The 5-day warning strike embarked upon by the National Association of Resident Doctors, NARD, entered the second day today, as patients expressed frustration over their inability to receive treatment in public hospitals.
The situation was particularly worse in public hospitals in Nasarawa State and Ahmadu Bello University Teaching Hospital, ABUTH, Kaduna, where patients were abandoned by the striking doctors, reports Vanguard.
The situation was not different in public hosiptals in other parts of the country, from the east, west, to the north.
The strike caused exodus of patients to private hospitals which are currently making brisk businesses, though at high cost to patients.
Relatives and friends of patients on admission were seen evacuating their loved ones to private hospitals in their state.
Recall that the resident doctors had last Wednesday, declared a five-day warning strike following the federal government’s inability to address their demands.
Issues that necessitated the strike, according to the resident doctors, include poor infrastructure, manpower shortage in the health sector, non-payment of medical residency training fund, non-increments of the Consolidated Medical Salary Structure as well as failure of state governments across the country to pay salary arrears of doctors.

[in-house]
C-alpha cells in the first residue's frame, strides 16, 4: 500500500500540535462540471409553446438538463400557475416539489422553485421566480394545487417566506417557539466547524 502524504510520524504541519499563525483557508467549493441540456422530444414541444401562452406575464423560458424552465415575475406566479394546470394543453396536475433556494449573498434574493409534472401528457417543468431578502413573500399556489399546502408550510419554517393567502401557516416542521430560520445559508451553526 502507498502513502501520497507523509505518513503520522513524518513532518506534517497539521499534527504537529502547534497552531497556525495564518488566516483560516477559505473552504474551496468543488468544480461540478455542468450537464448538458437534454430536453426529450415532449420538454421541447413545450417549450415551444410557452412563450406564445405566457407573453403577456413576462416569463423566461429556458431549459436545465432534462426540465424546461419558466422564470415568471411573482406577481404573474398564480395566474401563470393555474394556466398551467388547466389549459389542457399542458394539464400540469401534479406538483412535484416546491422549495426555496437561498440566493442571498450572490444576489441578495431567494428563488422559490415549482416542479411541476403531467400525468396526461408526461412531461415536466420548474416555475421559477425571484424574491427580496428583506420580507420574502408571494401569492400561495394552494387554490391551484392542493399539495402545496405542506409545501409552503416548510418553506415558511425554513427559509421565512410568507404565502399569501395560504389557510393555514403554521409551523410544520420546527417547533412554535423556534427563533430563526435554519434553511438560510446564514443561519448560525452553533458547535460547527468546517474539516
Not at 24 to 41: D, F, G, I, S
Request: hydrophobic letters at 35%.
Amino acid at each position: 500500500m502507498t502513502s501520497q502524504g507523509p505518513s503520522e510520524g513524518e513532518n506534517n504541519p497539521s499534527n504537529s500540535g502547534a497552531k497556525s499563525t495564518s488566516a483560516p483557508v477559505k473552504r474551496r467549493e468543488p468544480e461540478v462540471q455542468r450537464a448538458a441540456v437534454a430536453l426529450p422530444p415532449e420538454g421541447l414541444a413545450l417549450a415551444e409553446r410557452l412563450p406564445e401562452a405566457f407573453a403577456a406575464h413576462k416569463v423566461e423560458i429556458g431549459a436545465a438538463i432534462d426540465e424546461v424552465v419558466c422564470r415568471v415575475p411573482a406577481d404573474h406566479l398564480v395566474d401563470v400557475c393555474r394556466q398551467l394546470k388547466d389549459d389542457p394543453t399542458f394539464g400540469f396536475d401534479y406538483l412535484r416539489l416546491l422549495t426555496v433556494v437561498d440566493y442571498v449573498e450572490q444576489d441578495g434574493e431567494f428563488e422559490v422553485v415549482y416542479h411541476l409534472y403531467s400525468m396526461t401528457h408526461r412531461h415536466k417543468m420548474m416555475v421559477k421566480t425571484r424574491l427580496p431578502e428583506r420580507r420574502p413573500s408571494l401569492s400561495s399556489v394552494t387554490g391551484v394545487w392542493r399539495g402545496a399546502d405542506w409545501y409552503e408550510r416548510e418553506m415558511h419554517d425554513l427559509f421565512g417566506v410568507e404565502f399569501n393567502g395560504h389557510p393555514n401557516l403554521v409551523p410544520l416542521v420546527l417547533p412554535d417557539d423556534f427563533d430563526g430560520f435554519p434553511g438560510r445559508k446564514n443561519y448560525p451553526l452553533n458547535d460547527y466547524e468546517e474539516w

When our correspondent visited the Nasarawa State government-owned Dalhatu Araf Specialist Hospital in Lafia, it was observed that no resident doctor, especially those on call, was seen at duty post.
Some major units of the hospitals such as out-of-patient, casualty and maternity, which used to record large number of patients were under lock, leaving patients unattended to.
Chairman of NARD in the state, Dr Yakubu Adeleke Ademola, who was seen going round the hospital in company of other officials to ensure resident doctors stayed away from the facility, said they had no other option than to comply with the directive on the strike.
In an interview, a patient, Baba Hassan Audu, 80, said he was in the hospital to access treatment since morning but was asked to go back or find alternative.
“I have been suffering from tooth ache. I have an appointment with the doctor but on reaching the hospital I was told the doctors have gone on strike. I cannot afford the medical bill at a private hospital,” he lamented.
Similarly, Mrs Halima Tanko, who called for an immediate end to the strike, expressed worry that the lives of her twin babies born few days ago were in danger.